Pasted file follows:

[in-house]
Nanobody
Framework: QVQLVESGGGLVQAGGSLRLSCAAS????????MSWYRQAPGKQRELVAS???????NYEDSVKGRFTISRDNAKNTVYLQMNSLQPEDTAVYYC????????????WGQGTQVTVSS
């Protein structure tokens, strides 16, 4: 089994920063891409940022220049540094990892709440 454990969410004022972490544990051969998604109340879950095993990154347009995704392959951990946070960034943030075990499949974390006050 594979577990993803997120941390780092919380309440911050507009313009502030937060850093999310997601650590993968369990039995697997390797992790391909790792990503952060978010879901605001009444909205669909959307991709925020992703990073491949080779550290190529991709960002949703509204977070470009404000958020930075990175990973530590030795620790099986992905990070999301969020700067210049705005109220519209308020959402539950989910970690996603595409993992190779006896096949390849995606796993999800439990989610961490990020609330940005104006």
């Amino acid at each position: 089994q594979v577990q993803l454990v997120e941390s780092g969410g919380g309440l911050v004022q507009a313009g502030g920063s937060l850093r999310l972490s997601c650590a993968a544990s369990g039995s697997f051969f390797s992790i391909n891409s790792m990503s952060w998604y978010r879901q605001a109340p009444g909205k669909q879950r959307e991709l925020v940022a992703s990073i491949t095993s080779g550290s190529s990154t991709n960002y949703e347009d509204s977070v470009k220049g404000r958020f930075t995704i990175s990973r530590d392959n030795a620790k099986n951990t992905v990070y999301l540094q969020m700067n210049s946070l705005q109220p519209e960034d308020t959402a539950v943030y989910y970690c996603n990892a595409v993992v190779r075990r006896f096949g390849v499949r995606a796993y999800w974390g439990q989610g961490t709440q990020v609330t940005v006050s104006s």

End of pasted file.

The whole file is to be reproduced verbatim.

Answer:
[in-house]
Nanobody
Framework: QVQLVESGGGLVQAGGSLRLSCAAS????????MSWYRQAPGKQRELVAS???????NYEDSVKGRFTISRDNAKNTVYLQMNSLQPEDTAVYYC????????????WGQGTQVTVSS
């Protein structure tokens, strides 16, 4: 089994920063891409940022220049540094990892709440 454990969410004022972490544990051969998604109340879950095993990154347009995704392959951990946070960034943030075990499949974390006050 594979577990993803997120941390780092919380309440911050507009313009502030937060850093999310997601650590993968369990039995697997390797992790391909790792990503952060978010879901605001009444909205669909959307991709925020992703990073491949080779550290190529991709960002949703509204977070470009404000958020930075990175990973530590030795620790099986992905990070999301969020700067210049705005109220519209308020959402539950989910970690996603595409993992190779006896096949390849995606796993999800439990989610961490990020609330940005104006």
């Amino acid at each position: 089994q594979v577990q993803l454990v997120e941390s780092g969410g919380g309440l911050v004022q507009a313009g502030g920063s937060l850093r999310l972490s997601c650590a993968a544990s369990g039995s697997f051969f390797s992790i391909n891409s790792m990503s952060w998604y978010r879901q605001a109340p009444g909205k669909q879950r959307e991709l925020v940022a992703s990073i491949t095993s080779g550290s190529s990154t991709n960002y949703e347009d509204s977070v470009k220049g404000r958020f930075t995704i990175s990973r530590d392959n030795a620790k099986n951990t992905v990070y999301l540094q969020m700067n210049s946070l705005q109220p519209e960034d308020t959402a539950v943030y989910y970690c996603n990892a595409v993992v190779r075990r006896f096949g390849v499949r995606a796993y999800w974390g439990q989610g961490t709440q990020v609330t940005v006050s104006s």